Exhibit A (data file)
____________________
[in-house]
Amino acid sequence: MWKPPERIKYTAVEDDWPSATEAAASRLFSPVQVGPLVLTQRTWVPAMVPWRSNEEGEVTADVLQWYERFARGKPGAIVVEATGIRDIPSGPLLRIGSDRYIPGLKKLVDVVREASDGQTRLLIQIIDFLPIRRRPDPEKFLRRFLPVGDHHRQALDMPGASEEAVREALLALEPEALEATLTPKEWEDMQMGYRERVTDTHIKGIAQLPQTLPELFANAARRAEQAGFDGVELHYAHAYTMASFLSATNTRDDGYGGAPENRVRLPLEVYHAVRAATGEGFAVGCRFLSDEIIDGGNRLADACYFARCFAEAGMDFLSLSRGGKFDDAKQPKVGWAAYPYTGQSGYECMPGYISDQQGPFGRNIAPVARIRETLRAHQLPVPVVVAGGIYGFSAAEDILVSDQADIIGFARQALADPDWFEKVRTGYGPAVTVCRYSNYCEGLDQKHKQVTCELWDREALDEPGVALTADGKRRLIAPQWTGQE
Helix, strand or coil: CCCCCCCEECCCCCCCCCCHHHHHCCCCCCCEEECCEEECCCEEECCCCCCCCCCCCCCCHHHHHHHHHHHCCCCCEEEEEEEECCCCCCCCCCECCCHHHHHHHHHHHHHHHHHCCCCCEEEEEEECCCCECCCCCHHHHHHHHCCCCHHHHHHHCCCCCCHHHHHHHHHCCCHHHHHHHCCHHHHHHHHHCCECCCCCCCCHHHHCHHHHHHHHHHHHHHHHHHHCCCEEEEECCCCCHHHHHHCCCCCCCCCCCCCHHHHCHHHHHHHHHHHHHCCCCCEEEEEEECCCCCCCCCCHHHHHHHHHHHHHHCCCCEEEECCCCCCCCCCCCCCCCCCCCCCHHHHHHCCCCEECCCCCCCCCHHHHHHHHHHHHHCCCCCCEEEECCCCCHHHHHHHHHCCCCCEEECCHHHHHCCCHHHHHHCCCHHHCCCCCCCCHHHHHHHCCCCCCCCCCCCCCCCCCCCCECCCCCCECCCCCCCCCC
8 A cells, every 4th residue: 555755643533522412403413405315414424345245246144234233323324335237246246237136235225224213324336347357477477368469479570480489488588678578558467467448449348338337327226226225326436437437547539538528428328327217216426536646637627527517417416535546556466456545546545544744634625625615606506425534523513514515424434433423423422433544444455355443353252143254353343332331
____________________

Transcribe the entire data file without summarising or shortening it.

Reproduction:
[in-house]
Amino acid sequence: MWKPPERIKYTAVEDDWPSATEAAASRLFSPVQVGPLVLTQRTWVPAMVPWRSNEEGEVTADVLQWYERFARGKPGAIVVEATGIRDIPSGPLLRIGSDRYIPGLKKLVDVVREASDGQTRLLIQIIDFLPIRRRPDPEKFLRRFLPVGDHHRQALDMPGASEEAVREALLALEPEALEATLTPKEWEDMQMGYRERVTDTHIKGIAQLPQTLPELFANAARRAEQAGFDGVELHYAHAYTMASFLSATNTRDDGYGGAPENRVRLPLEVYHAVRAATGEGFAVGCRFLSDEIIDGGNRLADACYFARCFAEAGMDFLSLSRGGKFDDAKQPKVGWAAYPYTGQSGYECMPGYISDQQGPFGRNIAPVARIRETLRAHQLPVPVVVAGGIYGFSAAEDILVSDQADIIGFARQALADPDWFEKVRTGYGPAVTVCRYSNYCEGLDQKHKQVTCELWDREALDEPGVALTADGKRRLIAPQWTGQE
Helix, strand or coil: CCCCCCCEECCCCCCCCCCHHHHHCCCCCCCEEECCEEECCCEEECCCCCCCCCCCCCCCHHHHHHHHHHHCCCCCEEEEEEEECCCCCCCCCCECCCHHHHHHHHHHHHHHHHHCCCCCEEEEEEECCCCECCCCCHHHHHHHHCCCCHHHHHHHCCCCCCHHHHHHHHHCCCHHHHHHHCCHHHHHHHHHCCECCCCCCCCHHHHCHHHHHHHHHHHHHHHHHHHCCCEEEEECCCCCHHHHHHCCCCCCCCCCCCCHHHHCHHHHHHHHHHHHHCCCCCEEEEEEECCCCCCCCCCHHHHHHHHHHHHHHCCCCEEEECCCCCCCCCCCCCCCCCCCCCCHHHHHHCCCCEECCCCCCCCCHHHHHHHHHHHHHCCCCCCEEEECCCCCHHHHHHHHHCCCCCEEECCHHHHHCCCHHHHHHCCCHHHCCCCCCCCHHHHHHHCCCCCCCCCCCCCCCCCCCCCECCCCCCECCCCCCCCCC
8 A cells, every 4th residue: 555755643533522412403413405315414424345245246144234233323324335237246246237136235225224213324336347357477477368469479570480489488588678578558467467448449348338337327226226225326436437437547539538528428328327217216426536646637627527517417416535546556466456545546545544744634625625615606506425534523513514515424434433423423422433544444455355443353252143254353343332331